Pierre Poilievre promises to give CBC’s furniture away to Canadians to burn to heat their homes

An idea he says will kill two birds with one stone, Conservative Party leader Pierre Poilievre says when he becomes prime minister he will give away CBC’s furniture, archives and other flammable materials to regular Canadians hit hard by the Trudeau government’s tripling tripling tripling of the carbon tax, so those Canadians can burn those flammable items at home to stay warm next winter.

“Canadians are struggling to get by while the CBC has all this stored chemical energy that could be converted into heat,” Poilievre said Friday. “As prime minister, I’ll defund the CBC and give it back to Canadians to burn as they please. For many, it will be the first time in years they’ve welcomed something from CBC into their homes.”

Asked about all the plastic furniture and other equipment at CBC offices, Poilievre said Canadians would be allowed to burn all that too, but suggested they do it in well-ventilated environments. “We’re counting on people’s personal responsibility in this matter,” he said. “This government will not stand in the way of people’s God-given right to make fire.”

Province to launch Administration Québec agency to replace government

Hot on the heels of Santé Québec, a new government agency that will manage the province’s healthcare system, the Coalition Avenir Québec is announcing today it will establish a new agency called Administration Québec to run the government itself.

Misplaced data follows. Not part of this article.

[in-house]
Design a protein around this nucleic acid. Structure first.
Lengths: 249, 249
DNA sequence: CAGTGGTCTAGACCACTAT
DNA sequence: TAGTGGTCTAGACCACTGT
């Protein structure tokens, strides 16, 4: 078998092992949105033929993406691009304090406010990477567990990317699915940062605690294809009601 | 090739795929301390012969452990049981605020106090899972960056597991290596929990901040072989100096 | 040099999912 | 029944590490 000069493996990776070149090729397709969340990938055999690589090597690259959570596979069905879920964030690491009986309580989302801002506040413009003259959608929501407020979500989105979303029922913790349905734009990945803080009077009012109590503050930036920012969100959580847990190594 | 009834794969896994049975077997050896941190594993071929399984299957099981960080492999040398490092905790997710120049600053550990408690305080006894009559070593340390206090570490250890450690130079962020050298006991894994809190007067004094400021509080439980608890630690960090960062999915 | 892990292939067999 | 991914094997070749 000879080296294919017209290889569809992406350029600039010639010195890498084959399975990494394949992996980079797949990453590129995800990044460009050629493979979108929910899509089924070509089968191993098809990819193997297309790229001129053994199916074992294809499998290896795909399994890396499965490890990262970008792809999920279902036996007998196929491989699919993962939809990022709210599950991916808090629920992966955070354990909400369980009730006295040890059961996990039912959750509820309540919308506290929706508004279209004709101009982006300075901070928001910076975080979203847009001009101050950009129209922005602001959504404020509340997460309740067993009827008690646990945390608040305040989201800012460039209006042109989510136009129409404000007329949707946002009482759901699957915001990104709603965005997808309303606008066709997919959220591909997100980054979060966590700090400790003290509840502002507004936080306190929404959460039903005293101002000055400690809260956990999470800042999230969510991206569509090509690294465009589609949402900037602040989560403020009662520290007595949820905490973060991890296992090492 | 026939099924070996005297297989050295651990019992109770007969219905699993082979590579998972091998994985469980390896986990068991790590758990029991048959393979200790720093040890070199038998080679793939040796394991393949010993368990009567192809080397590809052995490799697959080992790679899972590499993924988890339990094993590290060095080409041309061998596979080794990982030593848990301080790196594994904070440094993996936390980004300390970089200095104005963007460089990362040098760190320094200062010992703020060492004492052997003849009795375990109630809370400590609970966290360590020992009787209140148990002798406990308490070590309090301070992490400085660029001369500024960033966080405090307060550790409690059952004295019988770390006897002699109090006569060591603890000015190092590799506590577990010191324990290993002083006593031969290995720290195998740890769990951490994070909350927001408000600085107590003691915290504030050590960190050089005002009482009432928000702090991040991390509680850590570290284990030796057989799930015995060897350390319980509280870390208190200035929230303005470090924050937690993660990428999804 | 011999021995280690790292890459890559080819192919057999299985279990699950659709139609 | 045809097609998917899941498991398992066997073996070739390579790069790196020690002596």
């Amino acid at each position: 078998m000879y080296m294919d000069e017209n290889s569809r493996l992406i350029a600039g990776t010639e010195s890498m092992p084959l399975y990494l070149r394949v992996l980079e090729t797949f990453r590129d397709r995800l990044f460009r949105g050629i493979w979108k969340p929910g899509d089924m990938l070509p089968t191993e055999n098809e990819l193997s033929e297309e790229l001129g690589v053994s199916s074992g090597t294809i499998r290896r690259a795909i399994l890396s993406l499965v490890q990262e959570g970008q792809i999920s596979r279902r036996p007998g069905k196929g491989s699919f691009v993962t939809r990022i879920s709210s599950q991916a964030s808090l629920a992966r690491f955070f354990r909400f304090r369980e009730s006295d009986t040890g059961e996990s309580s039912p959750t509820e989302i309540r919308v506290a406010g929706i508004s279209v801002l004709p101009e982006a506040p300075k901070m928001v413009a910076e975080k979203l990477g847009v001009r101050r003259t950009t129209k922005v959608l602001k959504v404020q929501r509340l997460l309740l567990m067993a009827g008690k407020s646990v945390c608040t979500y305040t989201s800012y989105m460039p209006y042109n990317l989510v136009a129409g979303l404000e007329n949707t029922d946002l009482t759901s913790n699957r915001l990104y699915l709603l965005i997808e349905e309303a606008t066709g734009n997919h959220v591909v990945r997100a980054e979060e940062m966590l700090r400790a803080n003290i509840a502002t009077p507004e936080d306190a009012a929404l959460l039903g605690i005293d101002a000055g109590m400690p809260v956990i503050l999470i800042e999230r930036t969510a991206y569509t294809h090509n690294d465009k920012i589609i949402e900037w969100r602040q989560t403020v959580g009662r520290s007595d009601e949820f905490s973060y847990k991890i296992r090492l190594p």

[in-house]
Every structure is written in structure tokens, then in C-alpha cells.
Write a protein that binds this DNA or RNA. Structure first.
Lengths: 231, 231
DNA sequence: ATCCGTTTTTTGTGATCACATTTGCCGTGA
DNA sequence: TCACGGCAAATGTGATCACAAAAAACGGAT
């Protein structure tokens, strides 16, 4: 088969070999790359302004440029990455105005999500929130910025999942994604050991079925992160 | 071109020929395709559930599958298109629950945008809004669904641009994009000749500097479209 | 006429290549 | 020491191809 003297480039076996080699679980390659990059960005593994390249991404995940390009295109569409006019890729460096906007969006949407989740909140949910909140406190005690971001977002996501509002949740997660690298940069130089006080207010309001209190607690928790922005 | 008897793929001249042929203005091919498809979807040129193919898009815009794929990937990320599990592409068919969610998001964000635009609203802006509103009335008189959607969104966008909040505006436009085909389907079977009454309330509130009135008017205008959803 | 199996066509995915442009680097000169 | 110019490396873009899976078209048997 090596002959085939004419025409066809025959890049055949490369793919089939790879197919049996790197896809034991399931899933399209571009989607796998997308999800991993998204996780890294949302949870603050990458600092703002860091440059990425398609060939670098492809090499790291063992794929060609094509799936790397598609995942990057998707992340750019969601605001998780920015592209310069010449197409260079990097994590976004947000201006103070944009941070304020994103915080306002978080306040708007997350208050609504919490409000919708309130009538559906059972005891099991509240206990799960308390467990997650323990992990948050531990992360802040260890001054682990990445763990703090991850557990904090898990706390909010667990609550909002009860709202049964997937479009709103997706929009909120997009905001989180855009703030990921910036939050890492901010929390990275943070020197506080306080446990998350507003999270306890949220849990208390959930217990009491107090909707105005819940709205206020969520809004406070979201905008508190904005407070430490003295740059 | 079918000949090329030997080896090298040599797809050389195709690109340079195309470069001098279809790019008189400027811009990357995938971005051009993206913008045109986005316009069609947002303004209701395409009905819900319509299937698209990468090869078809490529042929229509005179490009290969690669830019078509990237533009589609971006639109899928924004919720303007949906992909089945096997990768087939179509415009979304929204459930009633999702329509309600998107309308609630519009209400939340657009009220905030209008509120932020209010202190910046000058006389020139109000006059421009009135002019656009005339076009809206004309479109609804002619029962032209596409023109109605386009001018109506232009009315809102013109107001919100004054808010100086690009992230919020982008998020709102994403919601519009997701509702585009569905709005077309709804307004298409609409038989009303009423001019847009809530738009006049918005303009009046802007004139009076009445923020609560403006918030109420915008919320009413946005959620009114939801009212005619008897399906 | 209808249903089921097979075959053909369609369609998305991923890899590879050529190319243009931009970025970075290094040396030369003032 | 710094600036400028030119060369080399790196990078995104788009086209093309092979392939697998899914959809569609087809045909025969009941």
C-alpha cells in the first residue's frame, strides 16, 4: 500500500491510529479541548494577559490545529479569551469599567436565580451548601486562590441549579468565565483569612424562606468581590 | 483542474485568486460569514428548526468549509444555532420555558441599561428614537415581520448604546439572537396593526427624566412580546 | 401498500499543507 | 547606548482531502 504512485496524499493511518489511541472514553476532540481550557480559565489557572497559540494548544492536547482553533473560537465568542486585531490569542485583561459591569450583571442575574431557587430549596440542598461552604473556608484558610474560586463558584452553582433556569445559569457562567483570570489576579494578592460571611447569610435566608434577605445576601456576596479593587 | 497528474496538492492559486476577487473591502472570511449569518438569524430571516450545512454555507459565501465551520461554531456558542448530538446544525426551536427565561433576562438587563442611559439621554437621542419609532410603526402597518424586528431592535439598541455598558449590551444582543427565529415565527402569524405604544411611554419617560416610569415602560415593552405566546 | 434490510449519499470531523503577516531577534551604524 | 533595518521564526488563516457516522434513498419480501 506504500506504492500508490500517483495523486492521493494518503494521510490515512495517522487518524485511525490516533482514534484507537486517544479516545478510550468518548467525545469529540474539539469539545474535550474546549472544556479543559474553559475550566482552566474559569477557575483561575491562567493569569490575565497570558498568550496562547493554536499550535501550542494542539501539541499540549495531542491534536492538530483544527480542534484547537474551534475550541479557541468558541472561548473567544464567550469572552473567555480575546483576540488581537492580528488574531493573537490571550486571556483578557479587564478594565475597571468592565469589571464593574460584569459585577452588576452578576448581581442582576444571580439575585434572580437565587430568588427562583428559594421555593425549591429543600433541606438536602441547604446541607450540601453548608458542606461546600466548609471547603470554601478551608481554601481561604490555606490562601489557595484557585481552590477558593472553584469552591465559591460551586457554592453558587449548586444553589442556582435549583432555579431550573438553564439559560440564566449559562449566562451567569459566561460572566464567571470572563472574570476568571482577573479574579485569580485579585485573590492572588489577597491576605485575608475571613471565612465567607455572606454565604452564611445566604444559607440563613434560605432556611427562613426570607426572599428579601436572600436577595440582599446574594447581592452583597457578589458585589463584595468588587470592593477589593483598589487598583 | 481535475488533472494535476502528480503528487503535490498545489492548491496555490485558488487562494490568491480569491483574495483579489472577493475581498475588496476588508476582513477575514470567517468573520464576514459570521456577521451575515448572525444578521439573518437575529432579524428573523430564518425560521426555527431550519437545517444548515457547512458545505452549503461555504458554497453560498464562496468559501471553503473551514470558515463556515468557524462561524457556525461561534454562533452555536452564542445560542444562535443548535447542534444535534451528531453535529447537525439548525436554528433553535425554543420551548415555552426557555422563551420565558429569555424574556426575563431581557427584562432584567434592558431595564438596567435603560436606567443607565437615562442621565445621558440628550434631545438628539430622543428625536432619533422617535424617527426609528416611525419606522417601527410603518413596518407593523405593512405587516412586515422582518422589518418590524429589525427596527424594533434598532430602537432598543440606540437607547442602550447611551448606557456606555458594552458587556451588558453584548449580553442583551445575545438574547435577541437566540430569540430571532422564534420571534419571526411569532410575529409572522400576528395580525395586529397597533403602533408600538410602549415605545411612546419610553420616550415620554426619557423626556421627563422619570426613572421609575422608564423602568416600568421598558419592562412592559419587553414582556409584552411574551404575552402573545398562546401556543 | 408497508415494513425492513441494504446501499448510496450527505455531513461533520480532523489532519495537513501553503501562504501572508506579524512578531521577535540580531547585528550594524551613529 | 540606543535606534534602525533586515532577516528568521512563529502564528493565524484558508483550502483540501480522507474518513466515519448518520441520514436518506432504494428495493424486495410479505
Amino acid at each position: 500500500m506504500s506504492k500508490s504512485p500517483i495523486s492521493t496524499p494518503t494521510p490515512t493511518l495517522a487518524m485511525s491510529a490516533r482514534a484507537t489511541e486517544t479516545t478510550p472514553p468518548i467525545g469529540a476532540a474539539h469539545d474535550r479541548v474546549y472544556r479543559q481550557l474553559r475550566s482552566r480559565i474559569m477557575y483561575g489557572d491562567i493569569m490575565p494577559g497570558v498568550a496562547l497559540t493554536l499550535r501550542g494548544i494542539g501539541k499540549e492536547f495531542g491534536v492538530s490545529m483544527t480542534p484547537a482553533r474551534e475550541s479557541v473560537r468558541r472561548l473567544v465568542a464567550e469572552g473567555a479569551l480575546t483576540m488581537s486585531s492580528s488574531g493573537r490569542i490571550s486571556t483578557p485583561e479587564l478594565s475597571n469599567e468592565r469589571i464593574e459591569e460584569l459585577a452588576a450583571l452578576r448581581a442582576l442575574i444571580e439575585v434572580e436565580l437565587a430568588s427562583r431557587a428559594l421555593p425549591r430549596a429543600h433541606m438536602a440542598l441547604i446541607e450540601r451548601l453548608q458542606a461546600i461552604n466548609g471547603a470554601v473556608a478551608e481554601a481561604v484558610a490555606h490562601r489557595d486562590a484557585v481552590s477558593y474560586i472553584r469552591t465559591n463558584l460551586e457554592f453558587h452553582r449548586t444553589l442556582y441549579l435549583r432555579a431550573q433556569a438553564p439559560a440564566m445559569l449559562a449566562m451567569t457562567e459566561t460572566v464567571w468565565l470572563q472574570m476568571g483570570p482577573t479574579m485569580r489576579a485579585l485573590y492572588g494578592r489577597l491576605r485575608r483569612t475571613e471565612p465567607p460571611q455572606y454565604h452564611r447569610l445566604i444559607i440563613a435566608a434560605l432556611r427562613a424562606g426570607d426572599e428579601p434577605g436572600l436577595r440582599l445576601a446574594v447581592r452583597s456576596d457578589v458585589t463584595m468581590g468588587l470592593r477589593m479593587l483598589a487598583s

It’s a bold, innovative idea. Instead of decisions being made by the National Assembly or by cabinet, which can change parties every few years and is made up mainly of politicians with varying experience in public policy, decisions will be made by a separate agency run by a highly paid CEO.

Under the plan, Administration Québec would be responsible for setting the annual budget, collecting taxes, drafting and adopting legislation, managing ministries, representing the province internationally, and dealing with major crises.

The agency would be given a $100-billion annual budget, and all other government agencies and departments would report to it.

If successful, the agency could bring in additional revenue by selling its government-management services to other provinces and even small countries.

Quebec government motion says Montreal Canadiens have no fewer points than any other NHL team

The Quebec National Assembly on Friday unanimously passed a motion saying the Montreal Canadiens are the best NHL team and have no fewer points than any other team.

The motion was passed in response to criticism from some groups saying the Canadiens “suck” and won’t make the playoffs this year. Several of them say they have mathematical proof that the Canadiens won’t qualify for the postseason.